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I agree with most of what Ken Polotan says in this nice article. In fact, the words and phrases he has adopted throughout are those I have been using for the past ten years in the articles I have written and talks I have delivered. However, I question his assertion that company culture is determined in the boardroom.
It’s my belief that culture is more than skin deep and as such is the consensus of internal stakeholders, if not the wider brand community. In fact, I’d go further and say that a culture decided in the boardroom isn’t sustainable in many situations, especially where the business is going through transformation.
The biggest mistake an organisation can make is to concoct a company culture to suit what they see as a target audience. Apart from smacking of dictatorship, which certainly doesn’t work in the digital paradigm, it’s shallow, and insincere and any business trying this will be found out and punished. Even a culture whose values are genuinely those of the board isn’t going to work unless the stakeholders responsible for representing it share it with equal passion. If they don’t, the customer experience will be inconsistent and will not live up to expectation, which is, in itself a recipe for disaster.
A business culture is the sum of its parts. In this case that means brand community, which Ken recognises comprises employees, investors, suppliers, distributors and customers, every one of whom, by the very fact of their membership, has an influence the culture. You may be able to convince internal stakeholders that the culture the boardroom has chosen to represent is the right one; although, in the case of a transformation rather than a start-up this is unlikely, but it isn’t sustainable.
If your brand community doesn’t genuinely share the values and beliefs that determine your company culture they are not going to commit whole-heartedly to the process of transformation. This being so, the process will be slow and inefficient and in most cases, as we see today, because organisations that haven’t already brought their transformation over the line are pretty well out of time, it will end in failure.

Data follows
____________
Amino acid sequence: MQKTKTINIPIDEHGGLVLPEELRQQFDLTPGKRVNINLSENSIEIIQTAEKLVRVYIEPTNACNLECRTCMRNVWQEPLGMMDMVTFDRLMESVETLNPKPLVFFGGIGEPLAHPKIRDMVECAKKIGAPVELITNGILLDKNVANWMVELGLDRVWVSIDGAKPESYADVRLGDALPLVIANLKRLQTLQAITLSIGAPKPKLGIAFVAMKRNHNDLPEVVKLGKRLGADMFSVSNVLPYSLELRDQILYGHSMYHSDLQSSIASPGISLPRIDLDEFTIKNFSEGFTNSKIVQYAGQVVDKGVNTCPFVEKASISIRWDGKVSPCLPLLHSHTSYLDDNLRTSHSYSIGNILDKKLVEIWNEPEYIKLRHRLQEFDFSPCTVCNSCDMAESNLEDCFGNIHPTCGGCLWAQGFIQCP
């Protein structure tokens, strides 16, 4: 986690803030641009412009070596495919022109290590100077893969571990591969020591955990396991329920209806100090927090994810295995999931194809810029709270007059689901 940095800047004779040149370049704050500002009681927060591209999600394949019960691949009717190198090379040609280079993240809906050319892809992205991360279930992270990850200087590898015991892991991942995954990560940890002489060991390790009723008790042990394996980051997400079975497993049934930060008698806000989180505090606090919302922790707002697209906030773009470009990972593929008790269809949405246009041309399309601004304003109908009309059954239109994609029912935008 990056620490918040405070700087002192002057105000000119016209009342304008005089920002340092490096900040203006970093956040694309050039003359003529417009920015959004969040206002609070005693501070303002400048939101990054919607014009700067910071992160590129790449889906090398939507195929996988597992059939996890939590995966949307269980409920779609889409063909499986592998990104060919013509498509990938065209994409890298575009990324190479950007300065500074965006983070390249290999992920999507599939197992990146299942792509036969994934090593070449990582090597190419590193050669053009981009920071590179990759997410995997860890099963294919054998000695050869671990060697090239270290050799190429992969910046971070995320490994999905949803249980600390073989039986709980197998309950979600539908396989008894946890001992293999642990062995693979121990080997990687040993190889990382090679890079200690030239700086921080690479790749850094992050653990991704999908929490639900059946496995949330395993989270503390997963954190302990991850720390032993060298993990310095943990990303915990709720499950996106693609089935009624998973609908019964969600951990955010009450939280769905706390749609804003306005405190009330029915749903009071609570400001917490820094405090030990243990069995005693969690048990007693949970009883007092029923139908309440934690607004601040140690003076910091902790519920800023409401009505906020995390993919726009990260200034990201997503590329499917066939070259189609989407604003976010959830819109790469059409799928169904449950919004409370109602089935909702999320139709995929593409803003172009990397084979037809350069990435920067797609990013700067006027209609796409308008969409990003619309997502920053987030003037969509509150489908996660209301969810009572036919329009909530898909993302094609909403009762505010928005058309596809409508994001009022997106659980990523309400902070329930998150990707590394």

I’ve witnessed a business, where the values dictated by the ageing principle were at odds with the largely millennial employee base, fail in its attempts to transform as a consequence. While it may be feasible when you are starting from scratch with a new business, to set out your company culture stall and attract like-minded employees, I can’t see how once a business is established the boardroom can dictate a culture anything other than the genuine sum of the stakeholders’ values and beliefs.
Successful transformations start with a brand model, which includes a definition of the organisation’s culture, determined through a discovery process which, if it’s worth anything, will have canvassed the opinions of, at least, internal stakeholders. They, after all, are going to be the people representing it where it counts – at the point of contact with customers.
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